In the ruling Democratic Labour Party’s manifesto for the 2013 general election, political leader Prime Minister Freundel Stuart committed a re-elected DLP Government to the practice of good governance.
“Good governance is characterized by the principles of participation, consensus, accountability, transparency, responsiveness, effectiveness and efficiency, equity and inclusion and the rule of law,” he explained back then. “It assures that corruption is minimized, the views of minorities are taken into account, and that the voices of the most vulnerable in society are heard in decision-making and the allocation of resources.”
Whether or not the ruling DLP has generally lived up to these ideals since its re-election is a matter which voters will eventually have to pass judgement on at the next election. Meanwhile, the nigh daily litany of complaints, especially about Mr Stuart’s failure to engage Barbadians on several important issues, suggests the Government has fallen short on this key objective.
There are two principles in Stuart’s definition of good governance which are of particular interest to us as a member of the Fourth Estate. We refer to the principles of accountability and transparency which are directly related to the media functioning in the historic role as watchdog of Government and guardian of democracy. Public opinion supports the view that the DLP’s adherence to both principles falls below the standard expected in a modern, free and democratic society.
Indeed, were it not for the Auditor General, whose annual reports paint a scandalous picture of wide-scale wastage of scarce public resources, Barbadians probably would not have a clue as to how Government is spending our hard-earned tax dollars. For sure, it is unlikely that our elected representatives would bring such matters to our attention. By and large, Government conducts the public’s business within a legally sanctioned framework of secrecy with little meaningful transparency or accountability.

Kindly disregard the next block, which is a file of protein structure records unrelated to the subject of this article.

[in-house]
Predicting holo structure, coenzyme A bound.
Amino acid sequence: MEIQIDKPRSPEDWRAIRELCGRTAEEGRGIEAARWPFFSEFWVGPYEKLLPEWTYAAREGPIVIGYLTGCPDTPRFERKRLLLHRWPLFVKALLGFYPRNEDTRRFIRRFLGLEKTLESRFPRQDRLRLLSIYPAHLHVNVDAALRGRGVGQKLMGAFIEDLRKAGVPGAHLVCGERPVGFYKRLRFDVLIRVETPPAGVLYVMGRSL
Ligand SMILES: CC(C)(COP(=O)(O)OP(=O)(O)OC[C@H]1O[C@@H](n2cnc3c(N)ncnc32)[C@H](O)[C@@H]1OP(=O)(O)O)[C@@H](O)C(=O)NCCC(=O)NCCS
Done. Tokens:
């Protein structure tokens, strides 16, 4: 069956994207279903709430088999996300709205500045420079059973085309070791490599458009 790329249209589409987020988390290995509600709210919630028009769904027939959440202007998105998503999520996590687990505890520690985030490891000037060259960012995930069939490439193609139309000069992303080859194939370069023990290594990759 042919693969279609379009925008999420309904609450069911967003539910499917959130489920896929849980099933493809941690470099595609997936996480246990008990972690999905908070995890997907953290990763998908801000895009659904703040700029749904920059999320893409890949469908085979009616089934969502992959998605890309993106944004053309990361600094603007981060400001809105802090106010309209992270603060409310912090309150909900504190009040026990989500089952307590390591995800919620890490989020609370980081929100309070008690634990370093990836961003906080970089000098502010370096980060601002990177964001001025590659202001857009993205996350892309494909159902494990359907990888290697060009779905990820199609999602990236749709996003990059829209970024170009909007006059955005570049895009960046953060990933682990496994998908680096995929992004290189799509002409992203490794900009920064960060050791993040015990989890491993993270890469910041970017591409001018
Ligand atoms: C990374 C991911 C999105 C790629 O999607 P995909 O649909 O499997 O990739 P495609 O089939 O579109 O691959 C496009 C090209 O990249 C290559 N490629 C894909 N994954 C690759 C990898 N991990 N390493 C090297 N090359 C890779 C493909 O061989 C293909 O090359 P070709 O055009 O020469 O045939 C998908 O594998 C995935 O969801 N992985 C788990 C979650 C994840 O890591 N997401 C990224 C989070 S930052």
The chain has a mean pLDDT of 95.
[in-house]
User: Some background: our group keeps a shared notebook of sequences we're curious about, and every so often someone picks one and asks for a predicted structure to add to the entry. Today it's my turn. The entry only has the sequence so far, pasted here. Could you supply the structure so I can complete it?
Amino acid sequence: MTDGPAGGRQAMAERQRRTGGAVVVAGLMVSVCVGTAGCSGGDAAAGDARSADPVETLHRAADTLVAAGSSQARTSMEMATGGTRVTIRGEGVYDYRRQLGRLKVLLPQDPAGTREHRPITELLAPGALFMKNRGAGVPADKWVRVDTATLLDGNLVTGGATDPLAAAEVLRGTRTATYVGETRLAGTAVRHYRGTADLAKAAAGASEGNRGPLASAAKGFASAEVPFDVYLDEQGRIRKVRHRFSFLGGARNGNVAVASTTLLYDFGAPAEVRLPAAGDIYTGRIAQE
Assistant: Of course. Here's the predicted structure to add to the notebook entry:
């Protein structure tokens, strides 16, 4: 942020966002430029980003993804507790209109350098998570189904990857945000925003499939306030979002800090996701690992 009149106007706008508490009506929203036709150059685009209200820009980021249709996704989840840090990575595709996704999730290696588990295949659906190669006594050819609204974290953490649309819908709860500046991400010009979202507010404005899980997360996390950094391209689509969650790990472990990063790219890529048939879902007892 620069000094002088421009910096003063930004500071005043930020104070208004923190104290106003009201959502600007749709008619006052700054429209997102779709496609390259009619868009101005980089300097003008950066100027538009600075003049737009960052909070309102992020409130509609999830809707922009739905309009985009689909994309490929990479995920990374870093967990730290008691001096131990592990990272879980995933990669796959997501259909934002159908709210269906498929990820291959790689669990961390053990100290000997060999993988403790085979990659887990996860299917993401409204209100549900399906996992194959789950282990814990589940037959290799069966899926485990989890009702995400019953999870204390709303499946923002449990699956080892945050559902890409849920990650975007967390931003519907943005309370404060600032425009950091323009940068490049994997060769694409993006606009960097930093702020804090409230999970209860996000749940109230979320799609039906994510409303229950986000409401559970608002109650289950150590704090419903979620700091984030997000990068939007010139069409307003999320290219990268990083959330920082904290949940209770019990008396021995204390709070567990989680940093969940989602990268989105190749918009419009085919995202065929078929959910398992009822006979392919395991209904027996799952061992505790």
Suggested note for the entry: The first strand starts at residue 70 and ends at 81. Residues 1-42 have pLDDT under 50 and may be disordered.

As the DLP Government approaches the halfway point of its second term, it is perhaps the perfect opportunity to remind it of a solemn promise which it made to the people of Barbados in the 2008 general election. It relates to the introduction of Freedom Of Information (FOI) legislation which, in the spirit of enhancing our democracy, promises to open up the operations of Government to greater scrutiny, not only by the media, but also the average citizen.
FOI legislation, with the least possible exemptions, represents a major boost for good governance. When the FOI was promised at the height of election campaigning in 2008, the impression was conveyed that enacting the legislation, accompanied by a Code Of Conduct For Ministers, which too has not yet materialized, would be high on the priority list of a new DLP administration. Seven years have passed and Barbados is still waiting. How much longer do we have to?
Secrecy and inadequate accountability, often reflected in a stony silence from Bay Street, have been hallmarks of this DLP administration, especially after Mr Stuart became Prime Minister, following the death in October, 2010, of his more accessible and engaging predecessor the late David Thompson. If the Stuart Government is really serious about delivering on its commitment to good governance, bringing the promised FOI legislation without further delay would be a demonstration of good faith and a significant step in the right direction.
As defined, FOI is the enforceable right of citizens under legislation to access records and other Government information, subject only to certain exemptions set by law. The fewer the exemptions, the more effective the legislation usually is.
A situation can exist where access to information exists on paper but hardly in practice. Unreasonable exemptions can thwart the purpose of the legislation.
In 1966, the United States became the first country to place FOI legislation on its statute books. The FOI Act was passed by Congress in response to public clamour for more government accountability against a backdrop of controversial decisions related to the Vietnam War and other issues. Close to 100 countries have subsequently followed the lead taken by the United States, including Canada, which passed an Access To Information Act in 1983.
Prime Minister Stuart recently announced his intention to change Barbados’ constitutional status from a monarchy to a republic by next year when the island will mark its 50th anniversary of Independence from Britain. We believe that improved governance arrangements, including promised FOI legislation, must accompany this constitutional move to ensure greater transparency and accountability by Government.
Unless such fundamental changes are made, it will simply continue to be the “same old, same old” in Barbados. It would be the ideal 50th Independence anniversary gift to confirm our mature status within the family of nations, especially within the Caribbean Community (CARICOM) and the Commonwealth.